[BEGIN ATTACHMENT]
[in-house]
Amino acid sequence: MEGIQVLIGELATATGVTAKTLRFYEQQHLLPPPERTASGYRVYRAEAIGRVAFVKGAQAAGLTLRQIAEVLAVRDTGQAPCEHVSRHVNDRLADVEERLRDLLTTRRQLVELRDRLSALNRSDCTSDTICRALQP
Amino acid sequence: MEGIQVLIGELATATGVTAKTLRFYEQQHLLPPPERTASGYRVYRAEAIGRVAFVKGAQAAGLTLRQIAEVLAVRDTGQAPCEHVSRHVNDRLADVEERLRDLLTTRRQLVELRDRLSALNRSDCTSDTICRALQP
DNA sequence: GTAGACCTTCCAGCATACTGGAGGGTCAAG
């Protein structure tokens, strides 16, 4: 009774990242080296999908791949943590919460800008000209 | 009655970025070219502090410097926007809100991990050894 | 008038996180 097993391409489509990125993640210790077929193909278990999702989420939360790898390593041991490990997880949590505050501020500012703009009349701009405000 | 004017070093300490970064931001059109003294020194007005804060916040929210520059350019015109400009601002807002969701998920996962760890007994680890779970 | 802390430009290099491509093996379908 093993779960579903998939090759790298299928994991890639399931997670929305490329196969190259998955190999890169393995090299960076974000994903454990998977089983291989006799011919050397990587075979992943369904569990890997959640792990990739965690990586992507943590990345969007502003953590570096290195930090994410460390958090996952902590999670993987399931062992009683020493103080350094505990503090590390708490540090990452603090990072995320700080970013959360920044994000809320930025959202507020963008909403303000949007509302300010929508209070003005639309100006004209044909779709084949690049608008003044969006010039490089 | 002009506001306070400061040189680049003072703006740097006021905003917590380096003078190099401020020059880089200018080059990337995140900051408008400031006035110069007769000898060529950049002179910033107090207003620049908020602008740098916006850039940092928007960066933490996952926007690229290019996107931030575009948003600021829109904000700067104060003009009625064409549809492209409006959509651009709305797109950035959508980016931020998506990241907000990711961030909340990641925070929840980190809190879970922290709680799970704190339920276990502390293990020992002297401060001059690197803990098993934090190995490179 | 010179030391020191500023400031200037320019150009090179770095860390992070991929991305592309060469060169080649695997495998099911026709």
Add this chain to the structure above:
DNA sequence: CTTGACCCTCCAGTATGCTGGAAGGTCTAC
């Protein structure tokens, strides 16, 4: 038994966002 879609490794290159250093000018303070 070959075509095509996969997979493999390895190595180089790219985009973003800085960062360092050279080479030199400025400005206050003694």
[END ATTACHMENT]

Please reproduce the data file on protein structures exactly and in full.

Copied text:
[in-house]
Amino acid sequence: MEGIQVLIGELATATGVTAKTLRFYEQQHLLPPPERTASGYRVYRAEAIGRVAFVKGAQAAGLTLRQIAEVLAVRDTGQAPCEHVSRHVNDRLADVEERLRDLLTTRRQLVELRDRLSALNRSDCTSDTICRALQP
Amino acid sequence: MEGIQVLIGELATATGVTAKTLRFYEQQHLLPPPERTASGYRVYRAEAIGRVAFVKGAQAAGLTLRQIAEVLAVRDTGQAPCEHVSRHVNDRLADVEERLRDLLTTRRQLVELRDRLSALNRSDCTSDTICRALQP
DNA sequence: GTAGACCTTCCAGCATACTGGAGGGTCAAG
């Protein structure tokens, strides 16, 4: 009774990242080296999908791949943590919460800008000209 | 009655970025070219502090410097926007809100991990050894 | 008038996180 097993391409489509990125993640210790077929193909278990999702989420939360790898390593041991490990997880949590505050501020500012703009009349701009405000 | 004017070093300490970064931001059109003294020194007005804060916040929210520059350019015109400009601002807002969701998920996962760890007994680890779970 | 802390430009290099491509093996379908 093993779960579903998939090759790298299928994991890639399931997670929305490329196969190259998955190999890169393995090299960076974000994903454990998977089983291989006799011919050397990587075979992943369904569990890997959640792990990739965690990586992507943590990345969007502003953590570096290195930090994410460390958090996952902590999670993987399931062992009683020493103080350094505990503090590390708490540090990452603090990072995320700080970013959360920044994000809320930025959202507020963008909403303000949007509302300010929508209070003005639309100006004209044909779709084949690049608008003044969006010039490089 | 002009506001306070400061040189680049003072703006740097006021905003917590380096003078190099401020020059880089200018080059990337995140900051408008400031006035110069007769000898060529950049002179910033107090207003620049908020602008740098916006850039940092928007960066933490996952926007690229290019996107931030575009948003600021829109904000700067104060003009009625064409549809492209409006959509651009709305797109950035959508980016931020998506990241907000990711961030909340990641925070929840980190809190879970922290709680799970704190339920276990502390293990020992002297401060001059690197803990098993934090190995490179 | 010179030391020191500023400031200037320019150009090179770095860390992070991929991305592309060469060169080649695997495998099911026709």
Add this chain to the structure above:
DNA sequence: CTTGACCCTCCAGTATGCTGGAAGGTCTAC
């Protein structure tokens, strides 16, 4: 038994966002 879609490794290159250093000018303070 070959075509095509996969997979493999390895190595180089790219985009973003800085960062360092050279080479030199400025400005206050003694």